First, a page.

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D-cycloserine enhancement of exposure therapy for social anxiety disorder depends on the success of exposure sessions.

Author(s): Smits JA(1), Rosenfield D, Otto MW, Marques L, Davis ML, Meuret AE, Simon NM, Pollack MH, Hofmann SG.

Affiliation(s): Author information: (1)Department of Psychology, Southern Methodist University, USA. jsmits@smu.edu

Publication date & source: 2013, J Psychiatr Res. , 47(10):1455-61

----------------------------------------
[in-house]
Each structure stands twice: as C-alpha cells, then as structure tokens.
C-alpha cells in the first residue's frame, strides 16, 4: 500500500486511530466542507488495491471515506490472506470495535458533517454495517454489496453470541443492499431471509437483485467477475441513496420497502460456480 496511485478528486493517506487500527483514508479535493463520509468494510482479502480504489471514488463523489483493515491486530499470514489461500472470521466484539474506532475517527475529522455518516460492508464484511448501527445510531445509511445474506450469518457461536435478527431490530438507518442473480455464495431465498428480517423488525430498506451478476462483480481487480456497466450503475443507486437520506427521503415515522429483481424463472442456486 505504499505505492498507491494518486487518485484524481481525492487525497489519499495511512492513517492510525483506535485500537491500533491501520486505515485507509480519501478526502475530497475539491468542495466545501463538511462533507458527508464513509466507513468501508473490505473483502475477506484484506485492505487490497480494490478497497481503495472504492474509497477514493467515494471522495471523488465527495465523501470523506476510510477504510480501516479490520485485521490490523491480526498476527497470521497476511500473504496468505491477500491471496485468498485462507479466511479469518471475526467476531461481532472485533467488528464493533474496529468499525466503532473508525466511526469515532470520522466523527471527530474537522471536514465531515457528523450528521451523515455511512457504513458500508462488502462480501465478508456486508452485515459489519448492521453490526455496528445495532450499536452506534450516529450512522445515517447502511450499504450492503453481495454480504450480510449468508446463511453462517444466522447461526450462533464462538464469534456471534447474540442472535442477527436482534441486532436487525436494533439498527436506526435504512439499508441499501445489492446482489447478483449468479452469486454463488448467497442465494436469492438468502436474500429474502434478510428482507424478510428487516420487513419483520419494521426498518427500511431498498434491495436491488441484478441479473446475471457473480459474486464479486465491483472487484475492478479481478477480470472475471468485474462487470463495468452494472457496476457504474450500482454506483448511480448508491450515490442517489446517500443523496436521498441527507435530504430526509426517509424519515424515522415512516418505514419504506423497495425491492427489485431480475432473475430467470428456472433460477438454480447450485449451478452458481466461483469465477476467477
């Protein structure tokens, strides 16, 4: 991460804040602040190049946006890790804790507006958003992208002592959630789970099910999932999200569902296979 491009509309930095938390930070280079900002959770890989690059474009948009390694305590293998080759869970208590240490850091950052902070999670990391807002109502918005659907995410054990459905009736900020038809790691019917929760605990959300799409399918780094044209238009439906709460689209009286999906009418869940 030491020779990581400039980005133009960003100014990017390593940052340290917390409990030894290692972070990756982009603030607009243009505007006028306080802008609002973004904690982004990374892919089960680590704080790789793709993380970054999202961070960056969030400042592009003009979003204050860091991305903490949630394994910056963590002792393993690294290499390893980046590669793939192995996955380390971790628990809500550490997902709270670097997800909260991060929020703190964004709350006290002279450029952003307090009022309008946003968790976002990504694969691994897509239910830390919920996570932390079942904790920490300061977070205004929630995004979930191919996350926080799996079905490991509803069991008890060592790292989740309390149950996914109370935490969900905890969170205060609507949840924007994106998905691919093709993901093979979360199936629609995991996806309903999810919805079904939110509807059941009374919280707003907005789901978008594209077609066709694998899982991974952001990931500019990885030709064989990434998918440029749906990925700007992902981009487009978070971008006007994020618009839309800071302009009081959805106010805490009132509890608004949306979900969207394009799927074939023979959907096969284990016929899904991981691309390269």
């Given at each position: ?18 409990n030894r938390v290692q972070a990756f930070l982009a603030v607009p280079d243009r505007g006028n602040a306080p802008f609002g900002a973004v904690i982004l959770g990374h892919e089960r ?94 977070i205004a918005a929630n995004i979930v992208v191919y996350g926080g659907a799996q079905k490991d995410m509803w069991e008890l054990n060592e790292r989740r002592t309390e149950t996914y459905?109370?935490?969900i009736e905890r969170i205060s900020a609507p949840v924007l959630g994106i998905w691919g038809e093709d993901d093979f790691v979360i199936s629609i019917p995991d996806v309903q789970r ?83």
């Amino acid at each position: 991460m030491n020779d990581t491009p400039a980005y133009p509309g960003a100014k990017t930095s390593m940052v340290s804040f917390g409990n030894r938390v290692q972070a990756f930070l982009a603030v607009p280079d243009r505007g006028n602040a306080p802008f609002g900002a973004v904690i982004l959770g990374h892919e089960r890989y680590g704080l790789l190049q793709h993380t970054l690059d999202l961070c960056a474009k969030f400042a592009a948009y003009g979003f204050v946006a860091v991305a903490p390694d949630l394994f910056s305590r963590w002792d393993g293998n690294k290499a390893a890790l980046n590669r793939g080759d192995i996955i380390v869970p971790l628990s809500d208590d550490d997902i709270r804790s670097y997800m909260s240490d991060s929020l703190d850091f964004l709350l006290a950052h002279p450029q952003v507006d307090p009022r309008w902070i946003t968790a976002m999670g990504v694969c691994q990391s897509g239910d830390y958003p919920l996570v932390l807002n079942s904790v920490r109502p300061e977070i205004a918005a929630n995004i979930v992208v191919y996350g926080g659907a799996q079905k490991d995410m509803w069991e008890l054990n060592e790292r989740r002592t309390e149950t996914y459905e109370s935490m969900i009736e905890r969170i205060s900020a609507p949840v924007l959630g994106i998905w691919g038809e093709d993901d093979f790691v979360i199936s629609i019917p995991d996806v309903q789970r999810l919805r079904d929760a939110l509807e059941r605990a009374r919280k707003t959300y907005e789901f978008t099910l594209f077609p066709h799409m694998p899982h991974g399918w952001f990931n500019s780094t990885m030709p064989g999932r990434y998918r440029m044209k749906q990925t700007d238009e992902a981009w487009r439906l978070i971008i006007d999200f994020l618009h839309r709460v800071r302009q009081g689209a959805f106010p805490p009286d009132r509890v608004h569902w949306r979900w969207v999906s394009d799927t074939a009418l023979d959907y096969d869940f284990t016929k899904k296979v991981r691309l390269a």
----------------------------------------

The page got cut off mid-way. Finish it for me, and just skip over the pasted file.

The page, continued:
OBJECTIVE: The evidence for the efficacy of D-cycloserine (DCS) for augmenting cognitive behavioral therapy (CBT) for anxiety disorders has been mixed. Guided by preclinical research and initial findings from a small-scale study involving humans, we tested the hypothesis that DCS enhancement of exposure therapy would be specific to successful exposure sessions. METHOD: Medication-free adults with generalized social anxiety disorder (N = 145) received 50 mg of DCS or placebo 1 h before each of 5 exposure sessions that were part of a standardized 12-session group CBT protocol. Participants provided fear ratings at the beginning and just before the end of exposure exercises. Independent raters, blind to group assignment, administered the clinical global impression improvement and severity scales at each session and at posttreatment. RESULTS: Mixed-effects analyses revealed that, among patients who reported low fear at the end of an exposure session, those who had received DCS evidenced significantly greater clinical improvement at the next session, relative to those who had received placebo. In contrast, when exposure end fear was high, patients receiving DCS exhibited less clinical improvement at the following session than patients receiving placebo. Similarly, patients who had received DCS evidenced lower clinical severity at posttreatment, relative to patients who had received placebo, only when their average end fear for medication-augmented sessions had been in the low to moderate range. Finally, these moderating effects of exposure success as indexed by end fear were not better accounted for by within-session extinction. CONCLUSIONS: The efficacy of DCS for augmenting exposure-based CBT depends on the success of exposure sessions. These findings may help guide the development of an algorithm for the effective use of DCS for augmenting exposure-based CBT. TRIAL REGISTRY: http://www.ClinicalTrials.gov, ID# NCT00633984, http://www.clinicaltrials.gov/ct2/show/NCT00633984.

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